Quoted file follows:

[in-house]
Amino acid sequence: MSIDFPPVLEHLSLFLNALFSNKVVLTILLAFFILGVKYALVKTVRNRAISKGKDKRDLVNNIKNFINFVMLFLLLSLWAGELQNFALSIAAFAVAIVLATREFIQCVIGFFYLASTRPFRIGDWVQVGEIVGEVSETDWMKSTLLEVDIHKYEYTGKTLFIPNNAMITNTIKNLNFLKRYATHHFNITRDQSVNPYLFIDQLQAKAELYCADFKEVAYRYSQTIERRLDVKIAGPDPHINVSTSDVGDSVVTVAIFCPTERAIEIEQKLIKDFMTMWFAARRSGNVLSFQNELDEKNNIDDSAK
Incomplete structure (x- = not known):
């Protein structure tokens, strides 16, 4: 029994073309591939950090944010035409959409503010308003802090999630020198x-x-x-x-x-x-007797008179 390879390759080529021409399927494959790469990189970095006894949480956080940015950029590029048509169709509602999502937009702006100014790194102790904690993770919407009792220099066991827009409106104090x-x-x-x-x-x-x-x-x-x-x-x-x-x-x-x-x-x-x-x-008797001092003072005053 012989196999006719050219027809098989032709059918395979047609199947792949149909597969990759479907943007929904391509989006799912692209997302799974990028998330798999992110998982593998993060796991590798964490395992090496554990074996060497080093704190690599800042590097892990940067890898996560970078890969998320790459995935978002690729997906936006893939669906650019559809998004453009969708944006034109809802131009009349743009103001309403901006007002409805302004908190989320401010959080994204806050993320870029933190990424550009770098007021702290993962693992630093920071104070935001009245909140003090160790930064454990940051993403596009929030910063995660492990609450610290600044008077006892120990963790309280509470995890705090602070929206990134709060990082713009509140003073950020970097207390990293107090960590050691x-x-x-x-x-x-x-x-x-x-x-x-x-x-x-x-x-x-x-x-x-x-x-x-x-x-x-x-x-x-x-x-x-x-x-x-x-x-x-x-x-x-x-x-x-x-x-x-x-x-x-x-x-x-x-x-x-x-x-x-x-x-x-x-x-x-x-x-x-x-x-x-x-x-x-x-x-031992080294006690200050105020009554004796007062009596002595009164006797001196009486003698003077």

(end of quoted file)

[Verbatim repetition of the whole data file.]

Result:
[in-house]
Amino acid sequence: MSIDFPPVLEHLSLFLNALFSNKVVLTILLAFFILGVKYALVKTVRNRAISKGKDKRDLVNNIKNFINFVMLFLLLSLWAGELQNFALSIAAFAVAIVLATREFIQCVIGFFYLASTRPFRIGDWVQVGEIVGEVSETDWMKSTLLEVDIHKYEYTGKTLFIPNNAMITNTIKNLNFLKRYATHHFNITRDQSVNPYLFIDQLQAKAELYCADFKEVAYRYSQTIERRLDVKIAGPDPHINVSTSDVGDSVVTVAIFCPTERAIEIEQKLIKDFMTMWFAARRSGNVLSFQNELDEKNNIDDSAK
Incomplete structure (x- = not known):
């Protein structure tokens, strides 16, 4: 029994073309591939950090944010035409959409503010308003802090999630020198x-x-x-x-x-x-007797008179 390879390759080529021409399927494959790469990189970095006894949480956080940015950029590029048509169709509602999502937009702006100014790194102790904690993770919407009792220099066991827009409106104090x-x-x-x-x-x-x-x-x-x-x-x-x-x-x-x-x-x-x-x-008797001092003072005053 012989196999006719050219027809098989032709059918395979047609199947792949149909597969990759479907943007929904391509989006799912692209997302799974990028998330798999992110998982593998993060796991590798964490395992090496554990074996060497080093704190690599800042590097892990940067890898996560970078890969998320790459995935978002690729997906936006893939669906650019559809998004453009969708944006034109809802131009009349743009103001309403901006007002409805302004908190989320401010959080994204806050993320870029933190990424550009770098007021702290993962693992630093920071104070935001009245909140003090160790930064454990940051993403596009929030910063995660492990609450610290600044008077006892120990963790309280509470995890705090602070929206990134709060990082713009509140003073950020970097207390990293107090960590050691x-x-x-x-x-x-x-x-x-x-x-x-x-x-x-x-x-x-x-x-x-x-x-x-x-x-x-x-x-x-x-x-x-x-x-x-x-x-x-x-x-x-x-x-x-x-x-x-x-x-x-x-x-x-x-x-x-x-x-x-x-x-x-x-x-x-x-x-x-x-x-x-x-x-x-x-x-031992080294006690200050105020009554004796007062009596002595009164006797001196009486003698003077």